65.05 F
Washington DC
June 13, 2021
Satenaw Ethiopian News/Breaking News

NEWS$400000 for One Speech? For Ex-Presidents, It Is Now the Norm – New York Times

As a soon-to-be ex-president, Harry Truman was not lacking in lucrative offers from the private sector. Several corporations had allegedly offered him more than $100,000 to sit on corporate boards or to serve in symbolic positions when he left office. But Mr. Truman, whose reported income in 1954 was just $13,564.74 — about $120,000 today — steadfastly refused. Explaining his decision, he later wrote, “I could never lend myself to any transaction, however respectable, that would commercialize on the prestige and dignity of the office of the presidency.” Only by signing a contract with Life magazine for a goodly sum to write his memoirs was the former president able to exit from his financial difficulties.

Fast forward to 2017. This week it was announced that former President Barack Obama, whose net worth upon leaving office has been estimated at $12 million or more, agreed to give a speech for $400,000 — about seven times the median income of American families and precisely the amount of his annual salary as president — at a conference run by Cantor Fitzgerald, a Wall Street firm. A shortage of money can hardly explain Mr. Obama’s decision; according to press reports, he and Michelle Obama recently signed book contracts that may be worth as much as $60 million.

In accepting the fee, Mr. Obama joins a recent tradition of presidents monetizing their time in office by earning lucrative sums from speeches, corporate directorships, foreign corporations and other private interests. This tradition began with Gerald Ford, who accepted membership on corporate boards of companies such as 20th Century Fox and American Express after leaving office. Capitalizing on the presidency escalated decisively when Ronald Reagan accepted $2 million for a pair of speeches at Japan’s Fujisankei Communications Group. (In today’s dollars, about twice that amount.) And it reached its current-day apex with Bill and Hillary Clinton, who earned a combined $139 million from such undertakings, including $35 million from speeches to financial services, real estate and insurance companies.

Mr. Obama’s decision to accept the fee from Cantor Fitzgerald embodies an enormous attitudinal shift in the past six decades. When the financially strapped Mr. Truman turned down generous offers, he declined without hesitation, believing that it would violate his own sense of dignity as well as the dignity of the presidency. But no such normative constraints obtain in a society where the disruptive entrepreneur is the cultural hero, the public servant is held in low esteem, and inequality has risen to its highest levels since the 1920s. What was unbecoming in 1953 is now considered appropriate.

One reason is that America is a radically different country from what it was in 1953, when the nation was shaped by collective efforts to overcome the Great Depression and win World War II. In 1953, the richest 1 percent held 26.5 percent of all privately held wealth in the United States, but by 2012 they owned 38.9 percent. For income, the comparable figures for the top 1 percent are 13.3 percent in 1953 and 20.8 percent in 2012. In 1950, the ratio of chief executive-to-worker salaries was 20 to 1, on average; today it is over 200 to 1. Equally revealing are the tax rates for the two periods: In 1953, the top individual tax rate was 92 percent, but today it is 39.6 percent, with President Trump now proposing to reduce it more. Also related to these figures is the declining relative strength of labor unions, which represented 35 percent of American workers in the mid-1950s, but just 11 percent today.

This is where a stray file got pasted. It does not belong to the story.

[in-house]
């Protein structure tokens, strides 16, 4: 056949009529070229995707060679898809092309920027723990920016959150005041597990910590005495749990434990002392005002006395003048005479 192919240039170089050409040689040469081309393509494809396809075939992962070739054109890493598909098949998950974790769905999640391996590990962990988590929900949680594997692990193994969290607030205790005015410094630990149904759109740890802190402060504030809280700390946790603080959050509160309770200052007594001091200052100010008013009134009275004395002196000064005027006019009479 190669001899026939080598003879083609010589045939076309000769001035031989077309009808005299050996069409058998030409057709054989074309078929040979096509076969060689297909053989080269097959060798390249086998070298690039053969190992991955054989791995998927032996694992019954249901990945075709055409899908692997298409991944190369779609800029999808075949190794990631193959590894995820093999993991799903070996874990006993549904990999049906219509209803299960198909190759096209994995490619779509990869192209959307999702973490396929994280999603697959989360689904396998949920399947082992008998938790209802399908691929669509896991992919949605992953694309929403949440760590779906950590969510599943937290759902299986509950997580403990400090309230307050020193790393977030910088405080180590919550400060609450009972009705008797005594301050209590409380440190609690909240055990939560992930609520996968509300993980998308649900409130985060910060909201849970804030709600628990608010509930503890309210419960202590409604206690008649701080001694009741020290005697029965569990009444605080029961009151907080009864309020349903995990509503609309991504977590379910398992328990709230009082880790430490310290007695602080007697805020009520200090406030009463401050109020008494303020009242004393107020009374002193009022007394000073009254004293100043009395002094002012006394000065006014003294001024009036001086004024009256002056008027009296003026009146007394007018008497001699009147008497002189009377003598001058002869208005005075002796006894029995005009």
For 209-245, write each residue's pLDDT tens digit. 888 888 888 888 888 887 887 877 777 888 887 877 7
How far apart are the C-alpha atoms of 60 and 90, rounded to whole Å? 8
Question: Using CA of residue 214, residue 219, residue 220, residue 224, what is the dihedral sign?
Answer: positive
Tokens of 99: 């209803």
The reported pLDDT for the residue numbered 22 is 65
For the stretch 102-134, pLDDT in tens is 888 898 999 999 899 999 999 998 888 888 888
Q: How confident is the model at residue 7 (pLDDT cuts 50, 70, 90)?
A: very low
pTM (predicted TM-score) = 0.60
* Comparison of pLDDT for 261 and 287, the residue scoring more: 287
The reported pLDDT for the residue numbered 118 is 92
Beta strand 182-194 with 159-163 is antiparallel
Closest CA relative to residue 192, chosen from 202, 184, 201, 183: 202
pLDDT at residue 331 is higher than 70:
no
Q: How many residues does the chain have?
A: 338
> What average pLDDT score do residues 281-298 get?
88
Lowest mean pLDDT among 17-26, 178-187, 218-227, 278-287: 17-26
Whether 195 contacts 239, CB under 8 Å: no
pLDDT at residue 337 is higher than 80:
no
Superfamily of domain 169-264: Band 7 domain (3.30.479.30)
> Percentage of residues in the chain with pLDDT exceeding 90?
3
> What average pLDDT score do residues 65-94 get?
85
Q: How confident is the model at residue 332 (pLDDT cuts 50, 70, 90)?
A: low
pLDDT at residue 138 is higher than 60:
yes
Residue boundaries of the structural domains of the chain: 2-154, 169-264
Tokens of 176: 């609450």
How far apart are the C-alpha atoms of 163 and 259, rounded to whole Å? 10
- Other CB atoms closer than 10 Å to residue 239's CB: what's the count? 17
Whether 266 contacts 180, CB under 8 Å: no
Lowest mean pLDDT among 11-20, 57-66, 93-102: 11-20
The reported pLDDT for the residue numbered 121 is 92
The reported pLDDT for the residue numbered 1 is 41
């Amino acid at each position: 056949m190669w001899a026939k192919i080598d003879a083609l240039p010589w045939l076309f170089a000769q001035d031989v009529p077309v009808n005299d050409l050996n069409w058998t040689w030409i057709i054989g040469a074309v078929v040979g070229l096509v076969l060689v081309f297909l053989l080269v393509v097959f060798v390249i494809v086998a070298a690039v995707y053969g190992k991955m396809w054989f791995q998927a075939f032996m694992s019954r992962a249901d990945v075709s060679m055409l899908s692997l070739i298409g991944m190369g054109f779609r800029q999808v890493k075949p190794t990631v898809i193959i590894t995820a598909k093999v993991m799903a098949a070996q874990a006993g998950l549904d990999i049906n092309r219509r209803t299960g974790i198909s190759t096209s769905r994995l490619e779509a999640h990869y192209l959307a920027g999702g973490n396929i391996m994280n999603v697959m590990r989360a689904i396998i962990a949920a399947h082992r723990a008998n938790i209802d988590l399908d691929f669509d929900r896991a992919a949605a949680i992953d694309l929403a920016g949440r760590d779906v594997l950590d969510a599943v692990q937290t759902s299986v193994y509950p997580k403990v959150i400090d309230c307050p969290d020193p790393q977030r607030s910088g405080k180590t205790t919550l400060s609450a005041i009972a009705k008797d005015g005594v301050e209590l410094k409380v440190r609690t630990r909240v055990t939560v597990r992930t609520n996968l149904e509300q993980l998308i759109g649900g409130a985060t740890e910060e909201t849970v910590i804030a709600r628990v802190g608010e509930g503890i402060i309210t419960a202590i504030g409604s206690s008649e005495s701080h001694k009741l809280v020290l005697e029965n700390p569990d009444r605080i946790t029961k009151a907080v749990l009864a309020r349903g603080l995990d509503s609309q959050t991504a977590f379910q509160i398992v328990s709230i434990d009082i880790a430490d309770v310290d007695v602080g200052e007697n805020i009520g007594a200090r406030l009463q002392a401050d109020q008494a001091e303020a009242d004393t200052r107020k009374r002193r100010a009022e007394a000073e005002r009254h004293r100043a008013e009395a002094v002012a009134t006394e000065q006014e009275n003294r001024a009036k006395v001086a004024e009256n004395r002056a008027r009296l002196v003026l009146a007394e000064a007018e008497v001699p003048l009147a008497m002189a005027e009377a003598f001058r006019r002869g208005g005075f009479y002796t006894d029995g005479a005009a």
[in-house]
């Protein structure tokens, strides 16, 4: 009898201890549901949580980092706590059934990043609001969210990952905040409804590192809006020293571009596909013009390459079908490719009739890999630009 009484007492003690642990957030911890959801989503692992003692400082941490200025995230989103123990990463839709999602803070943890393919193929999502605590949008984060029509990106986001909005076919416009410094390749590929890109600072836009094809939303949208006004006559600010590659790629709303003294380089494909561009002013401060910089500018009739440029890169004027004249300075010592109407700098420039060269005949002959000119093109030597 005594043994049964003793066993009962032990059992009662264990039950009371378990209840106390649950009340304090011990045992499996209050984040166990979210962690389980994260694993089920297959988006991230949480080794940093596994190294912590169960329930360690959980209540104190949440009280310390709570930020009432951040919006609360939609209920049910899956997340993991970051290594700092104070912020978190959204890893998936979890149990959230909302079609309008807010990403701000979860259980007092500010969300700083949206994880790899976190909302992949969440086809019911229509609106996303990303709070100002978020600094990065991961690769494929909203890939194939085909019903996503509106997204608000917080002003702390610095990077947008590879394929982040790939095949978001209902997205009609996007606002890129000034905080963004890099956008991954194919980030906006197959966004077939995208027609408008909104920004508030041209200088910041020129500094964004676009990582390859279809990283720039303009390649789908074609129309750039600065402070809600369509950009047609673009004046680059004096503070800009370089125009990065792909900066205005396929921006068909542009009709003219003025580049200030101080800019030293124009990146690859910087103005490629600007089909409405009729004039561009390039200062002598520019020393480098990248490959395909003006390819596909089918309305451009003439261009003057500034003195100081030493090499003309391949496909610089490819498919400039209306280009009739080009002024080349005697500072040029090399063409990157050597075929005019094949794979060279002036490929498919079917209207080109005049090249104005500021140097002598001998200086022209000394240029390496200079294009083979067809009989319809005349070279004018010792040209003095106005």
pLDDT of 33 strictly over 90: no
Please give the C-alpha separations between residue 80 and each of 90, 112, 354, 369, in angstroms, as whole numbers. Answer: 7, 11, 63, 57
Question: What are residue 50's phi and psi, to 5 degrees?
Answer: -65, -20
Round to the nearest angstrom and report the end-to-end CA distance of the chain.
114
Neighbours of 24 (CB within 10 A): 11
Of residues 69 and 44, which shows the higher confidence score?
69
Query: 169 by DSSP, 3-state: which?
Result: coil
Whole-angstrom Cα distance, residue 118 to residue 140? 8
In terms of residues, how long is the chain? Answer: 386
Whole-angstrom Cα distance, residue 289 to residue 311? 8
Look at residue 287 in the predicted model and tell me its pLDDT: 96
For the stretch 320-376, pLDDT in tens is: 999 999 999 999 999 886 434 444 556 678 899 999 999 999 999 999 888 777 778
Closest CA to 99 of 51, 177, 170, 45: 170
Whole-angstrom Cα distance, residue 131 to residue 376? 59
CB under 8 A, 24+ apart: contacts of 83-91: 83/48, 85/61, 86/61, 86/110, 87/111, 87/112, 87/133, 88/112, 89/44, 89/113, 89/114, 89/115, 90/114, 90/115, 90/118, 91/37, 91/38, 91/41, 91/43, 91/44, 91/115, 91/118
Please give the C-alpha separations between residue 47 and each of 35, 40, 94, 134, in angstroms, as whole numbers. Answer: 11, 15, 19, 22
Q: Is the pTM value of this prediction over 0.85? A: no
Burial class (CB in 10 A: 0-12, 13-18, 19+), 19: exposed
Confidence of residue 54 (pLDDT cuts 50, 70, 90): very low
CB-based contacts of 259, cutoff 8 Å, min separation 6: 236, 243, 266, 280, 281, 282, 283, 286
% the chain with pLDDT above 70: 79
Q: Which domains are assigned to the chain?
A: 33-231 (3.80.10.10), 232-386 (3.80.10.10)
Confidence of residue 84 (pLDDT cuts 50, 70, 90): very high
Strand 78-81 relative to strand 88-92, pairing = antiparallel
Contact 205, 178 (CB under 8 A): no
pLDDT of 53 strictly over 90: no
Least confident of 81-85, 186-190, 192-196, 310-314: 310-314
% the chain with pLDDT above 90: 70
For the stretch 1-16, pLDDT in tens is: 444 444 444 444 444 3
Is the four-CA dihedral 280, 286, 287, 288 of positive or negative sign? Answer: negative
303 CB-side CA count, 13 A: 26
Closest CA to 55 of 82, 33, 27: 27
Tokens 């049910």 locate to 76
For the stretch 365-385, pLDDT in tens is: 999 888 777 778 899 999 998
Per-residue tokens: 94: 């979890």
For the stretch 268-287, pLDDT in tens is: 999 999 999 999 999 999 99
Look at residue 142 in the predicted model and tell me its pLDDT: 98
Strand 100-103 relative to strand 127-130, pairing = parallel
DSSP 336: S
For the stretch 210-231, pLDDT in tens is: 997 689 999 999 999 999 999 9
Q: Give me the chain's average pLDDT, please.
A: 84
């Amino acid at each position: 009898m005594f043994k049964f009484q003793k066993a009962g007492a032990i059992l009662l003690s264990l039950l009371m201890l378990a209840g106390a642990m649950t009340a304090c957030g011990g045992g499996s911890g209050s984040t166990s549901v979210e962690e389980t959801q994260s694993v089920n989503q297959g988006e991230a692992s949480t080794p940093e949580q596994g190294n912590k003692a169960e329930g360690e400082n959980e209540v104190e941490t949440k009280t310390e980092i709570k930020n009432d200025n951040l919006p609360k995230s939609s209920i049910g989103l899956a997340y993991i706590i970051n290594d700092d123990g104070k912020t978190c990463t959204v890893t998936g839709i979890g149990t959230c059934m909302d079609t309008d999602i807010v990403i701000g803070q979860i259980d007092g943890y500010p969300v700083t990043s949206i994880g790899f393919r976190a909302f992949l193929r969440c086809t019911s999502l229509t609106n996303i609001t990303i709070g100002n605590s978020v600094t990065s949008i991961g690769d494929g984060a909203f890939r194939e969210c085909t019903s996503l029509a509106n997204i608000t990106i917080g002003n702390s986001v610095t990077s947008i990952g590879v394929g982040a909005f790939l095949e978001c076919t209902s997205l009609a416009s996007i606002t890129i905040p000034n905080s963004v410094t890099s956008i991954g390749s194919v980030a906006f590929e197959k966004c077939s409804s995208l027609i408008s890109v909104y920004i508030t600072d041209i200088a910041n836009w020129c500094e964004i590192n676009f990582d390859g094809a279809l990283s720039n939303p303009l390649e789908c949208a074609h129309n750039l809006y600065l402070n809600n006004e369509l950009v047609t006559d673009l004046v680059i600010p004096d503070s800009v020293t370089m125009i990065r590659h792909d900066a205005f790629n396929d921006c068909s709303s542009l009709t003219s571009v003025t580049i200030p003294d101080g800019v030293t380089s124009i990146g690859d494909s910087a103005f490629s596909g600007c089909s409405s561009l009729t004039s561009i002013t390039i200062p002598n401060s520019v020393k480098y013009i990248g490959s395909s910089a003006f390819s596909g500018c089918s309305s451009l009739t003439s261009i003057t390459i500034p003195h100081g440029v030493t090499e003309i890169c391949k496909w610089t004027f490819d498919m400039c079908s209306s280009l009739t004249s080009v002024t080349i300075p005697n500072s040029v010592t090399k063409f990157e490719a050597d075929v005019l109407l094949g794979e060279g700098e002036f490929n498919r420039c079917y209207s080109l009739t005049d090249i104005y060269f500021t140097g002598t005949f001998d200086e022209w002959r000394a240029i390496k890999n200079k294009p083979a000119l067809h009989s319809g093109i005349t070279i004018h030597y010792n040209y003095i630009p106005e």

Historically, the Democratic Party was the vehicle that pushed back against such trends and defended the interests of ordinary Americans. Under Franklin Roosevelt, Mr. Truman and later Lyndon Johnson, it did a creditable job of playing that role. But starting in the late 1970s, at just the moment when Gerald Ford broke with previous norms about appropriate behavior for a former president, the political tide began to shift in the direction of tax cuts, deregulation and privatization, a trend that accelerated decisively under Mr. Reagan. After years of generally ineffective resistance to these trends, a Democratic Party whose fortunes were decreasingly tied to labor and increasingly linked to highly educated professionals came to embrace, under both Mr. Clinton and Mr. Obama, a set of Republican economic policies on deregulation and corporate-friendly global trade deals. The result has been a disastrous decline in the fortunes of the Democratic Party, with just 28 percent of Americans in a recent poll saying that the party is “in touch with the concerns of most people in the United States.”

Mr. Obama’s decision to accept $400,000 from a Wall Street firm for one speech is not an aberration but a reflection of a greater tolerance of rampant inequality. Already, conservative forces untroubled by the growth of inequality are mocking Mr. Obama’s decision, with Fox Business gleefully reporting, “Obama’s $400,000 Cantor Speech Makes Him Wall Street’s Newest Fat Cat.” For Mr. Obama and the Democrats, the time has come to answer a question dear to the labor movement: Which side are you on?

Related posts

Ethiopia: Spokesman said “anti-peace forces” are trying to destroy ethnic harmony


Hiber Radio Daily Ethiopian News October 23, 2017


Political Epilepsy of TPLF ( Dejenie A. Lakew)